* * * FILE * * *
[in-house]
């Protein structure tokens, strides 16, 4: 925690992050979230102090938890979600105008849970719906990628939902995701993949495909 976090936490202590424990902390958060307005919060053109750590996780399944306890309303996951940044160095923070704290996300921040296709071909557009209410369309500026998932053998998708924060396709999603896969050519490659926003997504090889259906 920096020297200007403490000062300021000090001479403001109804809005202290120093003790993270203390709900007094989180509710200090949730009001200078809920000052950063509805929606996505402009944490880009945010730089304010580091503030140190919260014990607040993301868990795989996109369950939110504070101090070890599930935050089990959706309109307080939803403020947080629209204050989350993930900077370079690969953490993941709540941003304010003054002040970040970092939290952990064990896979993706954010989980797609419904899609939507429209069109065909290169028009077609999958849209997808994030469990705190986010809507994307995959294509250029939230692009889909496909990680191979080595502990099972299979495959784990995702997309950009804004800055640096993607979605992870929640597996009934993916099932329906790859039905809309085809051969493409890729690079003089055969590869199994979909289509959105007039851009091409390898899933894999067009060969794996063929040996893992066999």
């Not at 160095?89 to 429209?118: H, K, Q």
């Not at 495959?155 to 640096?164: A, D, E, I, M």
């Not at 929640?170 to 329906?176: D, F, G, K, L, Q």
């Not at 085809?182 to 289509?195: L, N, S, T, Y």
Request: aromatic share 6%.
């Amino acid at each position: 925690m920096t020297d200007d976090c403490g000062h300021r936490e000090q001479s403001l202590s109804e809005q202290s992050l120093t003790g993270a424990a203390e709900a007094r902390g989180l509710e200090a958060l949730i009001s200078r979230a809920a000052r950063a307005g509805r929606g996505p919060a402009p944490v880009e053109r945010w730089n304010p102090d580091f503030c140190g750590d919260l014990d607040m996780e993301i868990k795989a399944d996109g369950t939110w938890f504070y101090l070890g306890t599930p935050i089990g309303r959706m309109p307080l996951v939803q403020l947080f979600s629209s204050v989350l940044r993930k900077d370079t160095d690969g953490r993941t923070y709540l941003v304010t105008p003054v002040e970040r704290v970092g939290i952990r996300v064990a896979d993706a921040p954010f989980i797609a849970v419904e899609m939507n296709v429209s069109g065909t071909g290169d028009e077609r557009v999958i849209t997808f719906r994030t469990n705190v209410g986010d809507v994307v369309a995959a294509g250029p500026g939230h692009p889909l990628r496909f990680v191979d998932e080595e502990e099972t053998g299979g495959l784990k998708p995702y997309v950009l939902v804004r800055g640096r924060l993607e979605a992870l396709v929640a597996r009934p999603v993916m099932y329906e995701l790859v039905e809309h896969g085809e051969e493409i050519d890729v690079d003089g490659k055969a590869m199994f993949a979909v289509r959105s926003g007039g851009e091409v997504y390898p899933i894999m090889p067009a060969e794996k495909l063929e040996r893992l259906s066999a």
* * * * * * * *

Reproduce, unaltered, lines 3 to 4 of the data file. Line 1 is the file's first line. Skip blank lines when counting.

């Not at 160095?89 to 429209?118: H, K, Q």
């Not at 495959?155 to 640096?164: A, D, E, I, M």